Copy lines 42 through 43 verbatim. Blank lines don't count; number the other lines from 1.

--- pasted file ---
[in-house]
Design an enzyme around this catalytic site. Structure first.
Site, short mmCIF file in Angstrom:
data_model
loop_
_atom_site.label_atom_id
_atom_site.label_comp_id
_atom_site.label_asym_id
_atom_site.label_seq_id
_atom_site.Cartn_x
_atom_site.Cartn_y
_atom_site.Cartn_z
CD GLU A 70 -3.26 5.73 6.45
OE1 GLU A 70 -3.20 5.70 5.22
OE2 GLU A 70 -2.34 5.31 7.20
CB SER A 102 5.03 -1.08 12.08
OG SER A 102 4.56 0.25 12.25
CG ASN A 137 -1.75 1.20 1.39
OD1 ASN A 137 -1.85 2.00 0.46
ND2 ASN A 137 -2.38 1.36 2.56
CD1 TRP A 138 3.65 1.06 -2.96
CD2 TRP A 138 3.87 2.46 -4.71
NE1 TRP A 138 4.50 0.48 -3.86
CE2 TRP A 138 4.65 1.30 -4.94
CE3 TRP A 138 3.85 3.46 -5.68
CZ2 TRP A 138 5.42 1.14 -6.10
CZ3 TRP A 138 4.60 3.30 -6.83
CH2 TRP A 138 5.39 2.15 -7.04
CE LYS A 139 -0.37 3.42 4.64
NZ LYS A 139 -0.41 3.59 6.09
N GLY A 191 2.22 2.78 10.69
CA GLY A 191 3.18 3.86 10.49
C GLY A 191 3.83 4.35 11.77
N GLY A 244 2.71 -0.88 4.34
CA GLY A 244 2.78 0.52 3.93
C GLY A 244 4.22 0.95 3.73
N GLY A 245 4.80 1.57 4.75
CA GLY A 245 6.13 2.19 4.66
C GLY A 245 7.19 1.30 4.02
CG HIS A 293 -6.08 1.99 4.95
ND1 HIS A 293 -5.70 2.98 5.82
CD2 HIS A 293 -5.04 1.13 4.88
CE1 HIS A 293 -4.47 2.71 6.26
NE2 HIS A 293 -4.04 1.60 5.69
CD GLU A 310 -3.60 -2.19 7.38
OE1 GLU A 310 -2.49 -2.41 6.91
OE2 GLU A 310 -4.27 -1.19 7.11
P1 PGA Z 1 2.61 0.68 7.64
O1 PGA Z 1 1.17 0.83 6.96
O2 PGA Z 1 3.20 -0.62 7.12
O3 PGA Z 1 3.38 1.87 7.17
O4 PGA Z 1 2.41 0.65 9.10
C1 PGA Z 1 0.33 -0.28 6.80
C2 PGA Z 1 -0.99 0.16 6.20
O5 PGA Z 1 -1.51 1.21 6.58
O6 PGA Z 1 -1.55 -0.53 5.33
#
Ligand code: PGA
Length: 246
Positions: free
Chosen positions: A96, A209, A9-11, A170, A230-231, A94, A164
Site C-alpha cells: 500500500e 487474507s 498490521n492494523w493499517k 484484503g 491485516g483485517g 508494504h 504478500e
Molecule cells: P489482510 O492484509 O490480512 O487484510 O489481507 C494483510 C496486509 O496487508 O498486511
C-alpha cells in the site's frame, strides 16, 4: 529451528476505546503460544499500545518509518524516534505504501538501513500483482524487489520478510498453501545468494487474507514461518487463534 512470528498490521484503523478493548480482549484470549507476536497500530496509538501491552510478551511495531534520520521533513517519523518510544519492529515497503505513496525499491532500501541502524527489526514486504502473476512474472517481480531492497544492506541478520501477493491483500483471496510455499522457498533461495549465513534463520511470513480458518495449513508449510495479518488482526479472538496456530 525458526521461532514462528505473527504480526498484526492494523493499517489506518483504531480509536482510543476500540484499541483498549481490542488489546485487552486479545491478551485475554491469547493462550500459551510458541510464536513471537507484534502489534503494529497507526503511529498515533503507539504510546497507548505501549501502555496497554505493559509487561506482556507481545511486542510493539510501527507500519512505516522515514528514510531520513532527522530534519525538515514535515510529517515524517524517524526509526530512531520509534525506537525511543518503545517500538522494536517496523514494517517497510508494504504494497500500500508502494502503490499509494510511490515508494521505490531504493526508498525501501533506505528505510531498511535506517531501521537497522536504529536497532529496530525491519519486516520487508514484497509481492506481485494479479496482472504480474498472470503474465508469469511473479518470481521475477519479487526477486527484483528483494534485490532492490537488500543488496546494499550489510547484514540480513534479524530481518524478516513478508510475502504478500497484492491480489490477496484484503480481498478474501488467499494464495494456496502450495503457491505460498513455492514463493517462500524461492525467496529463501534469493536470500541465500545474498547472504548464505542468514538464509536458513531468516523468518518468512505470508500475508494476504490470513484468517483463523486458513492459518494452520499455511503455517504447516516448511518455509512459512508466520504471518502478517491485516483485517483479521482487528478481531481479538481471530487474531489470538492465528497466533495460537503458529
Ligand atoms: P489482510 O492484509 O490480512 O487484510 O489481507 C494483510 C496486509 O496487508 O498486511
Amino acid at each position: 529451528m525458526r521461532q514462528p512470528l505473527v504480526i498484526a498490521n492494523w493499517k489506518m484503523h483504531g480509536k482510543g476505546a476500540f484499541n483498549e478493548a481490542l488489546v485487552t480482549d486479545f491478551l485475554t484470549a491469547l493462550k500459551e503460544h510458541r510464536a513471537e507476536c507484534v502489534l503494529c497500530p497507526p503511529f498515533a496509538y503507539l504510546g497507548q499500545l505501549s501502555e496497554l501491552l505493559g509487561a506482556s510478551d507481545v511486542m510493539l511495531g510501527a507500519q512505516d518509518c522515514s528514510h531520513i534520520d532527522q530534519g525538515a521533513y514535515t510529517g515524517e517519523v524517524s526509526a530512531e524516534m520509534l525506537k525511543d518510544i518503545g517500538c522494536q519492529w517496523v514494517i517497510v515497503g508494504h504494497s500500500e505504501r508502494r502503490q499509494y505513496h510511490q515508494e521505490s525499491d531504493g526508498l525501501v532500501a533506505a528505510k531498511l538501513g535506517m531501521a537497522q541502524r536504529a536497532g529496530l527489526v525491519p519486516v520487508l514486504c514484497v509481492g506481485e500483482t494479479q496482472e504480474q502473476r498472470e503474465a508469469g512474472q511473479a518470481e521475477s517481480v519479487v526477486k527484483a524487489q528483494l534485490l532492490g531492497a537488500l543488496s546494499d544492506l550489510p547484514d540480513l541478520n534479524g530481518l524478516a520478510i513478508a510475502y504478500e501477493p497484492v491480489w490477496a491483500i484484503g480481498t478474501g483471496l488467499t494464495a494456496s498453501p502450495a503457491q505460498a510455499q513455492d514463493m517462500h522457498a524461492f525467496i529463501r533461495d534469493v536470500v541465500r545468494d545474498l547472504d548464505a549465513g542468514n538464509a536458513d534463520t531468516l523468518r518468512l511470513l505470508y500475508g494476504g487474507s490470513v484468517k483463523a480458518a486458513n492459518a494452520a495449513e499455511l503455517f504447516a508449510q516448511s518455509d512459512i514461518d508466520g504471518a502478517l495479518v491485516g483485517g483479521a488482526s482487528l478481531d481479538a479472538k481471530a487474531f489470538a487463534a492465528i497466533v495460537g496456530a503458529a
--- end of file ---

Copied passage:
CD2 HIS A 293 -5.04 1.13 4.88
CE1 HIS A 293 -4.47 2.71 6.26